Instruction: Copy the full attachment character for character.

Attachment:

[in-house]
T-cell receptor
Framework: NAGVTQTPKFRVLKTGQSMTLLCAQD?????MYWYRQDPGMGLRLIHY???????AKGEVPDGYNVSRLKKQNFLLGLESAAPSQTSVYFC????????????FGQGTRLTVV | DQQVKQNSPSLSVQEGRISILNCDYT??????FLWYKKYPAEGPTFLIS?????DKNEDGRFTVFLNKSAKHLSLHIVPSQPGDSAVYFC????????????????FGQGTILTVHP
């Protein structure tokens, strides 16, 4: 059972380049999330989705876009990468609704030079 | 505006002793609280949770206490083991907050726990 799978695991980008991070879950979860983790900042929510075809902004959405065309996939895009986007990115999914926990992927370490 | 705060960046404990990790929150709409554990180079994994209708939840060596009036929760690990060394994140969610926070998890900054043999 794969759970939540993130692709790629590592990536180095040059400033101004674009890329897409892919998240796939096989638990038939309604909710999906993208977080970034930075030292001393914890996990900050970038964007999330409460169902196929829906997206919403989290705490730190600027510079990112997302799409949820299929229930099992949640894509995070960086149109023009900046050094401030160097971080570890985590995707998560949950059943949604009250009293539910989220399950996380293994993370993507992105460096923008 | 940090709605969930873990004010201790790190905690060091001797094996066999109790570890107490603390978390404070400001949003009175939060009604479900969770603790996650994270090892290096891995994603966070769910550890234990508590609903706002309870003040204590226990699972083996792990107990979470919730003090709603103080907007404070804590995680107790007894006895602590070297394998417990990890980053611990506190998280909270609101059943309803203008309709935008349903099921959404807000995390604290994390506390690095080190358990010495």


[in-house]
T-cell receptor
Framework: NAGVTQTPKFRVLKTGQSMTLLCAQD?????MYWYRQDPGMGLRLIHY???????AKGEVPDGYNVSRLKKQNFLLGLESAAPSQTSVYFC????????????FGQGTRLTVV | DQQVKQNSPSLSVQEGRISILNCDYT??????FLWYKKYPAEGPTFLIS?????DKNEDGRFTVFLNKSAKHLSLHIVPSQPGDSAVYFC????????????????FGQGTILTVHP
């Protein structure tokens, strides 16, 4: 059972380049999330989705876009990468609704030079 | 505006002793609280949770206490083991907050726990 799978695991980008991070879950979860983790900042929510075809902004959405065309996939895009986007990115999914926990992927370490 | 705060960046404990990790929150709409554990180079994994209708939840060596009036929760690990060394994140969610926070998890900054043999 794969759970939540993130692709790629590592990536180095040059400033101004674009890329897409892919998240796939096989638990038939309604909710999906993208977080970034930075030292001393914890996990900050970038964007999330409460169902196929829906997206919403989290705490730190600027510079990112997302799409949820299929229930099992949640894509995070960086149109023009900046050094401030160097971080570890985590995707998560949950059943949604009250009293539910989220399950996380293994993370993507992105460096923008 | 940090709605969930873990004010201790790190905690060091001797094996066999109790570890107490603390978390404070400001949003009175939060009604479900969770603790996650994270090892290096891995994603966070769910550890234990508590609903706002309870003040204590226990699972083996792990107990979470919730003090709603103080907007404070804590995680107790007894006895602590070297394998417990990890980053611990506190998280909270609101059943309803203008309709935008349903099921959404807000995390604290994390506390690095080190358990010495």